The urban legend of Caioti Pizza Cafe’s “labor salad” is going strong after more than 25 years. The rather simple dish of romaine, watercress, walnuts, gorgonzola and house-made vinaigrette is said to have helped untold expectant mothers go in to labor. And while it may sound like the B-story in an episode of Friends, scroll through the geotag on Instagram and you’ll find a stream of pregnant-bellied women sampling the salad with captions that read, “Praying this works!”
Women have reported going into labor three days to as little as four hours after consuming the salad, but of course it could all be a coincidence. These women were all in the realm of 40 weeks pregnant. For those not privy to the prenatal world, 40 weeks is the benchmark for a full-term pregnancy.
Though the 30-year-old restaurant has never officially claimed that the salad can help the process along, believers say the secret is in the dressing — a balsamic vinaigrette made with basil, sun-dried tomato, extra virgin olive oil, vinegar and a mix of spices the owners keep under wraps. Those desperate to give birth reportedly take shots of the stuff. It used to be offered by the bottle until the health department caught wind; however, it can be legally sold in a plastic to-go container.
“The salad has a long history on its own. We did not invent this or come up with this — our customers did,” says Caioti owner Carrie LaDou. “A customer that was past due walked in about 27 years ago, I’m guessing, and she had contractions while she was still there and told all her girlfriends. One of their husbands was a producer on a late-night entertainment news show and it just grew from there.
“When we asked my doctor what the deal was [with the dressing], why does it work for so many people, he said it’s the enzymes in the balsamic. It’s the chemistry that can cause muscle contractions, so that’s a possible thing.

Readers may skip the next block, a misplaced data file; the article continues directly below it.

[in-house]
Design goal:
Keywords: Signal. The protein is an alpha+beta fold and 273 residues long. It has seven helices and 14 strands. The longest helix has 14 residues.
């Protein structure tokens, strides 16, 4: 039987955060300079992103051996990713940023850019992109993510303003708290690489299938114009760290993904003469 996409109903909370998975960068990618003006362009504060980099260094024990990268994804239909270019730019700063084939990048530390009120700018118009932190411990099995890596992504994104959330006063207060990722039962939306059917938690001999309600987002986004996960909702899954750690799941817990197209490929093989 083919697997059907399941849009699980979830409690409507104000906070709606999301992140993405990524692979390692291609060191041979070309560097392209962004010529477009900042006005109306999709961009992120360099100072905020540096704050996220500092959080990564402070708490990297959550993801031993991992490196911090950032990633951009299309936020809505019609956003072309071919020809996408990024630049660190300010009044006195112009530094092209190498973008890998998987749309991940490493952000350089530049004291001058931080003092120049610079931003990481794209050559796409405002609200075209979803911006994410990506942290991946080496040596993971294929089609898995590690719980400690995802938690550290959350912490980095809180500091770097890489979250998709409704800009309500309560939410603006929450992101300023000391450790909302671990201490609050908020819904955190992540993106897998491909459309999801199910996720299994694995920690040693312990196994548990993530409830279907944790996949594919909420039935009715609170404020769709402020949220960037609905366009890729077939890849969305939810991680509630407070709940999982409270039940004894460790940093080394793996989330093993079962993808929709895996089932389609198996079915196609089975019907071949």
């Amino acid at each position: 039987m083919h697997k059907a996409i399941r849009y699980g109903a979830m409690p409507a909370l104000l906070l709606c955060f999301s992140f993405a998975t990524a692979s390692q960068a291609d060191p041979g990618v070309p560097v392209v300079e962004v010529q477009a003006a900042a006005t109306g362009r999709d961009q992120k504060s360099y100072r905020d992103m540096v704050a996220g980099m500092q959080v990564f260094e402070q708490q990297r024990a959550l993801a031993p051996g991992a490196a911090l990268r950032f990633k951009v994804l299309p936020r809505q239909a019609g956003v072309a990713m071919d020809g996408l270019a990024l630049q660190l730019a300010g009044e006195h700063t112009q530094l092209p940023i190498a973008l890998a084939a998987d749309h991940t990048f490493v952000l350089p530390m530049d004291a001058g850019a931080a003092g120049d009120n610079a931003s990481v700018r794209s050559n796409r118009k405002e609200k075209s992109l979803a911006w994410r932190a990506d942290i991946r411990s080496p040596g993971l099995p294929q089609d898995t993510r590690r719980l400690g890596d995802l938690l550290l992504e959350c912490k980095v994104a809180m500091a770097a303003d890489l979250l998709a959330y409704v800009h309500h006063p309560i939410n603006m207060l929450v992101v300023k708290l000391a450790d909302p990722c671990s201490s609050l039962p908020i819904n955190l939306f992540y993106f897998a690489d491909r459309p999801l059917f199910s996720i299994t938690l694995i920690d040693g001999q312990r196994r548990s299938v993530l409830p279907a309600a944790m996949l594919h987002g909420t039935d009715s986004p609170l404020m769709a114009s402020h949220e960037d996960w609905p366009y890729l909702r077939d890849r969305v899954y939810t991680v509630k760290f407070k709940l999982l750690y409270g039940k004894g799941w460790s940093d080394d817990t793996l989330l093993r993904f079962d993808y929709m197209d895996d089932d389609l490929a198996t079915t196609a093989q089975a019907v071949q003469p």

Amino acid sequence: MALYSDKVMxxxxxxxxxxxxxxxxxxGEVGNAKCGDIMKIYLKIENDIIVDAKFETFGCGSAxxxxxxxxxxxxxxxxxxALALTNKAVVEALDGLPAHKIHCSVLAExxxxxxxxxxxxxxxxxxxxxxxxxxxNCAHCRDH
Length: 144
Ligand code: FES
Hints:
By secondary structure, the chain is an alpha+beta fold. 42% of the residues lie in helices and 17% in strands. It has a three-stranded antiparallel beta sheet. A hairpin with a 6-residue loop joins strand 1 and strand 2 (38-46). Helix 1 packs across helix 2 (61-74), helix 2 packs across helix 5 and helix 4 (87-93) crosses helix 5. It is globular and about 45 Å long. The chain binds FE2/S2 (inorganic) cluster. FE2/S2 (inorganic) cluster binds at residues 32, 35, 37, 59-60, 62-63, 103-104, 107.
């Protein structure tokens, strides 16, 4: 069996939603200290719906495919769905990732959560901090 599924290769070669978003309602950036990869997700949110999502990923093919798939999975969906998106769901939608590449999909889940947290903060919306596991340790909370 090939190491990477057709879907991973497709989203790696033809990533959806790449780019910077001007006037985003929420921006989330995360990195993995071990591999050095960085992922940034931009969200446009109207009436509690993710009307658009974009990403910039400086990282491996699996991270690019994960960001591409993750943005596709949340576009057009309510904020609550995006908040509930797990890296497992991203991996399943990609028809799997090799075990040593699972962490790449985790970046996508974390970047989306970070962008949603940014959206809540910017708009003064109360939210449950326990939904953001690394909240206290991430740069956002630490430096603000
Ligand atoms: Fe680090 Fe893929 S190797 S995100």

“It’s its own creation and has its own legs. And every day we enjoy meeting all the pregnant ladies,” she adds.
A rack of baby journals hangs on the right-hand wall containing entries from moms-to-be. In June 2016, one woman wrote that the salad worked for her back in 2012, so she returned for her second birth. Another entry from 2014 begins with “I’m here! Let’s do this!” There are hundreds of these.
LaDou says the journals began about a decade ago after she noticed pregnant ladies in the cafe talking to one another.
“We wanted to bring that as full-circle as we could. Some people come back after they’ve had their baby and they write in the journal about if it worked. That’s also something — we run out of journals. It’s like we’re kind of working for the salad,” LaDou says.
Inducing labor isn’t the only reason to grab a meal at Caioti’s. The “THE” Salad, as it’s called on the menu, actually isn’t the best dish here. The pizza is solid, with unique spins such as spicy bison, or a breakfast pie with hash browns and cream cheese, which makes sense given that the restaurant’s founder, Ed LaDou, was the first pizza chef at Spago and created the menu for the first California Pizza Kitchen. He's also said to be the originator of the barbecue chicken pizza.
“A lot of people know us because of the history of the chef, so a lot of foodies know us for our pizza,” Carrie LaDou says. “If you’re a foodie from the '80s or '90s, you know about our cafe. We have two identities that kind of happened organically. We’re known for pizza and we're also known for the salad.”
They also do a killer garlic knot. As at any respectable pan-European restaurant from the '80s, the soft and buttery rolls with golden-brown crusts are immediately brought to the table, and according to LaDou, customers can get hostile over them.
“We run out of garlic knots. They’re free and people can be rude about getting them. Last night one of my servers called me and said, ‘There’s a guy who's threatening me for garlic knots.’ [The customer] said he just got out of jail and he’s going to get pissed if he doesn’t get those garlic knots right now.”